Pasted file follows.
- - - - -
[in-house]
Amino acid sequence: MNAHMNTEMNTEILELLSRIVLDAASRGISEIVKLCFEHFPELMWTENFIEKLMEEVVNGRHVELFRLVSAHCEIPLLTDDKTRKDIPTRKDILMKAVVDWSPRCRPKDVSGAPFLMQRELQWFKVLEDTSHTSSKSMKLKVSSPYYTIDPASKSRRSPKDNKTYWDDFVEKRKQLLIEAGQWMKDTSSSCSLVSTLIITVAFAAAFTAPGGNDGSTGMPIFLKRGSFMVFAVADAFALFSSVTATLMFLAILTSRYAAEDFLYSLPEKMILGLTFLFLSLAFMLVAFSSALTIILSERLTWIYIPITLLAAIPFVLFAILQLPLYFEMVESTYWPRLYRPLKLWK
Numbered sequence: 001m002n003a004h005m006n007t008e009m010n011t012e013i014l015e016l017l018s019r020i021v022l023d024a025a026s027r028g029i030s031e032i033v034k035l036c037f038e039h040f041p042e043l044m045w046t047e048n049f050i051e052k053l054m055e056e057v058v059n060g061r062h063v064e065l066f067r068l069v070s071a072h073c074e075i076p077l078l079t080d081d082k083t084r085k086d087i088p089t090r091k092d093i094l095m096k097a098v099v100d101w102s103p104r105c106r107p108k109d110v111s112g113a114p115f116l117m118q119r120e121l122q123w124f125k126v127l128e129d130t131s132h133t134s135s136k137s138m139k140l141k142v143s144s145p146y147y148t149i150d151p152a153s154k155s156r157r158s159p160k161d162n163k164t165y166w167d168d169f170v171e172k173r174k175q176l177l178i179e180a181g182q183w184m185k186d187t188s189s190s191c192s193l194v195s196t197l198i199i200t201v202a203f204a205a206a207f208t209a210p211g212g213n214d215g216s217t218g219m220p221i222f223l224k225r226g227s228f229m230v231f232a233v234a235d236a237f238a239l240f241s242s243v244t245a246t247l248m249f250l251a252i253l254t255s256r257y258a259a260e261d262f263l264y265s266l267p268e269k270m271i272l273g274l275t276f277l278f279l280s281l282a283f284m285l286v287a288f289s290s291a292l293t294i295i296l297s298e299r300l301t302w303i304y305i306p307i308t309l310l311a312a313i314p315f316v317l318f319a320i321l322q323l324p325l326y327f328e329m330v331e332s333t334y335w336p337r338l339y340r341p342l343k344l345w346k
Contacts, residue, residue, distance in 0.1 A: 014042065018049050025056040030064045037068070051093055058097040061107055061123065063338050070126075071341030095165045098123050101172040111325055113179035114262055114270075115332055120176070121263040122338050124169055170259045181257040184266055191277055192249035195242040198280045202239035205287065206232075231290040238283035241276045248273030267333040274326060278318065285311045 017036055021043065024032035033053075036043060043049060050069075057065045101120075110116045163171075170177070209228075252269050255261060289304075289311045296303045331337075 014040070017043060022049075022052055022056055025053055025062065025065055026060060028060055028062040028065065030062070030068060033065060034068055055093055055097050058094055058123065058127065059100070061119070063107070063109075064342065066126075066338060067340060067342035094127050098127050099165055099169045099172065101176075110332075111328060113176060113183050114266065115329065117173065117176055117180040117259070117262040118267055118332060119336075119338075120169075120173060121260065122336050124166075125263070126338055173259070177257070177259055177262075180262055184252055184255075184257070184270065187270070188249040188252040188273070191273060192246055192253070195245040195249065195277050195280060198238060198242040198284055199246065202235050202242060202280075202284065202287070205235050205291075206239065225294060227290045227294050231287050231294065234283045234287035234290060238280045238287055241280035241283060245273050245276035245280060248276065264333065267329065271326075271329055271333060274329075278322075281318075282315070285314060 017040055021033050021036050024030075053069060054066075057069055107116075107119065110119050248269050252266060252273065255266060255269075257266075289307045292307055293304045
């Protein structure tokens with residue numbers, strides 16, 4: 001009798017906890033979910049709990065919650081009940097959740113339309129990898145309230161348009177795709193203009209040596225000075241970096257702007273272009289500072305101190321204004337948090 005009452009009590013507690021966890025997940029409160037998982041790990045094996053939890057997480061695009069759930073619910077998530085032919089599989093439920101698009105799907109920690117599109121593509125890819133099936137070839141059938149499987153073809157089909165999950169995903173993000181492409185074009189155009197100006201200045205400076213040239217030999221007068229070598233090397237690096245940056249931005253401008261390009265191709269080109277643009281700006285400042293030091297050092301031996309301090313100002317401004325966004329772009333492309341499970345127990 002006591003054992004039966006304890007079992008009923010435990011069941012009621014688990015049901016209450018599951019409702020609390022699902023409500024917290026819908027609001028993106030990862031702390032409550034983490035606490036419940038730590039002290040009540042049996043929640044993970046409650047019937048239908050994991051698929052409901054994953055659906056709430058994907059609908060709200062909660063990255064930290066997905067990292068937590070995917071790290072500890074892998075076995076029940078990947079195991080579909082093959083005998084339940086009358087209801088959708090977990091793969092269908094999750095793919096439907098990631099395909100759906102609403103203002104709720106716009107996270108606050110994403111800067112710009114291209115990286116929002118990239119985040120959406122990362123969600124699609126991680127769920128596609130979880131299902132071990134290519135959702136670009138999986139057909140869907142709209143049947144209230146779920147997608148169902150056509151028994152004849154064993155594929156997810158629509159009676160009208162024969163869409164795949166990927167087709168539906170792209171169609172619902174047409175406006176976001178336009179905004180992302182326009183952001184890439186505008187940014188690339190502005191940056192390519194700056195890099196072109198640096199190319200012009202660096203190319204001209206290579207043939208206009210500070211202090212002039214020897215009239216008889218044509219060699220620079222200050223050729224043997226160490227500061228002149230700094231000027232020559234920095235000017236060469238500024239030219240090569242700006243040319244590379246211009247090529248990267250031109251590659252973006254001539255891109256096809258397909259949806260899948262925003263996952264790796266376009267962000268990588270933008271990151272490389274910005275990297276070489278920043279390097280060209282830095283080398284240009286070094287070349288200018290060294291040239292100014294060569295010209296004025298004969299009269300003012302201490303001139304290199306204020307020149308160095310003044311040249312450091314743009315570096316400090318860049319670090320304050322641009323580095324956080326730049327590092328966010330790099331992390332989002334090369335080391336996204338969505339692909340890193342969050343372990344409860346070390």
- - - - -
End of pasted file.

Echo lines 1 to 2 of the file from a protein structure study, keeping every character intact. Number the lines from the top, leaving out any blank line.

[in-house]
Amino acid sequence: MNAHMNTEMNTEILELLSRIVLDAASRGISEIVKLCFEHFPELMWTENFIEKLMEEVVNGRHVELFRLVSAHCEIPLLTDDKTRKDIPTRKDILMKAVVDWSPRCRPKDVSGAPFLMQRELQWFKVLEDTSHTSSKSMKLKVSSPYYTIDPASKSRRSPKDNKTYWDDFVEKRKQLLIEAGQWMKDTSSSCSLVSTLIITVAFAAAFTAPGGNDGSTGMPIFLKRGSFMVFAVADAFALFSSVTATLMFLAILTSRYAAEDFLYSLPEKMILGLTFLFLSLAFMLVAFSSALTIILSERLTWIYIPITLLAAIPFVLFAILQLPLYFEMVESTYWPRLYRPLKLWK